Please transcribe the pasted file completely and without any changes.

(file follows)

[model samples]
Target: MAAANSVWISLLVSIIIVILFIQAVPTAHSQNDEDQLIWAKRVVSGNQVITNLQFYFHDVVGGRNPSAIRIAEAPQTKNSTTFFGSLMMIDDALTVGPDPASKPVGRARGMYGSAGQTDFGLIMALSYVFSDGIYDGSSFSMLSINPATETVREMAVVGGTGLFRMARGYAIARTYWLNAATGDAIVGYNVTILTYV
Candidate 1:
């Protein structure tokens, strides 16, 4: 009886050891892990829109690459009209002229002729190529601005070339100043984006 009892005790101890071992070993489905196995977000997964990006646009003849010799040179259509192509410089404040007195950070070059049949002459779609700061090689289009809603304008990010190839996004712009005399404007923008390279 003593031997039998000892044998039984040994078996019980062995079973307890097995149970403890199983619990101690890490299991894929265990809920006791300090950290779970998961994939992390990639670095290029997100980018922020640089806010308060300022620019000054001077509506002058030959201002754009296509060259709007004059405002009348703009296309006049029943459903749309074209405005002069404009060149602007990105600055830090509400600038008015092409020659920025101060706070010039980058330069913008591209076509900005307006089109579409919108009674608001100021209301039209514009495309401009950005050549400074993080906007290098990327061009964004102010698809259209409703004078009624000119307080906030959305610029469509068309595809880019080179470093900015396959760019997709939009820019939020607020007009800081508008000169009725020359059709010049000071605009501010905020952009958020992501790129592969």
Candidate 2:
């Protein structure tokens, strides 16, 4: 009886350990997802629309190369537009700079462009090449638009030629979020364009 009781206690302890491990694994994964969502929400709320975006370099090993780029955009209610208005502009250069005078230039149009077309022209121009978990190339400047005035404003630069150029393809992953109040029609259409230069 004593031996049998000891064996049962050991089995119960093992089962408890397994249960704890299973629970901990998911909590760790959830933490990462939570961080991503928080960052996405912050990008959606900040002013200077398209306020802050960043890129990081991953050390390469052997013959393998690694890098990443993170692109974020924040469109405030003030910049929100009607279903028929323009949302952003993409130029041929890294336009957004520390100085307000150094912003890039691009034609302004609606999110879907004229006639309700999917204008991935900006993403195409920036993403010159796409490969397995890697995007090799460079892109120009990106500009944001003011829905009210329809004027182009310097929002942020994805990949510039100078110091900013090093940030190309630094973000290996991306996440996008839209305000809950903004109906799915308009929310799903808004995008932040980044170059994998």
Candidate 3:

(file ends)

[model samples]
Target: MAAANSVWISLLVSIIIVILFIQAVPTAHSQNDEDQLIWAKRVVSGNQVITNLQFYFHDVVGGRNPSAIRIAEAPQTKNSTTFFGSLMMIDDALTVGPDPASKPVGRARGMYGSAGQTDFGLIMALSYVFSDGIYDGSSFSMLSINPATETVREMAVVGGTGLFRMARGYAIARTYWLNAATGDAIVGYNVTILTYV
Candidate 1:
């Protein structure tokens, strides 16, 4: 009886050891892990829109690459009209002229002729190529601005070339100043984006 009892005790101890071992070993489905196995977000997964990006646009003849010799040179259509192509410089404040007195950070070059049949002459779609700061090689289009809603304008990010190839996004712009005399404007923008390279 003593031997039998000892044998039984040994078996019980062995079973307890097995149970403890199983619990101690890490299991894929265990809920006791300090950290779970998961994939992390990639670095290029997100980018922020640089806010308060300022620019000054001077509506002058030959201002754009296509060259709007004059405002009348703009296309006049029943459903749309074209405005002069404009060149602007990105600055830090509400600038008015092409020659920025101060706070010039980058330069913008591209076509900005307006089109579409919108009674608001100021209301039209514009495309401009950005050549400074993080906007290098990327061009964004102010698809259209409703004078009624000119307080906030959305610029469509068309595809880019080179470093900015396959760019997709939009820019939020607020007009800081508008000169009725020359059709010049000071605009501010905020952009958020992501790129592969």
Candidate 2:
């Protein structure tokens, strides 16, 4: 009886350990997802629309190369537009700079462009090449638009030629979020364009 009781206690302890491990694994994964969502929400709320975006370099090993780029955009209610208005502009250069005078230039149009077309022209121009978990190339400047005035404003630069150029393809992953109040029609259409230069 004593031996049998000891064996049962050991089995119960093992089962408890397994249960704890299973629970901990998911909590760790959830933490990462939570961080991503928080960052996405912050990008959606900040002013200077398209306020802050960043890129990081991953050390390469052997013959393998690694890098990443993170692109974020924040469109405030003030910049929100009607279903028929323009949302952003993409130029041929890294336009957004520390100085307000150094912003890039691009034609302004609606999110879907004229006639309700999917204008991935900006993403195409920036993403010159796409490969397995890697995007090799460079892109120009990106500009944001003011829905009210329809004027182009310097929002942020994805990949510039100078110091900013090093940030190309630094973000290996991306996440996008839209305000809950903004109906799915308009929310799903808004995008932040980044170059994998």
Candidate 3: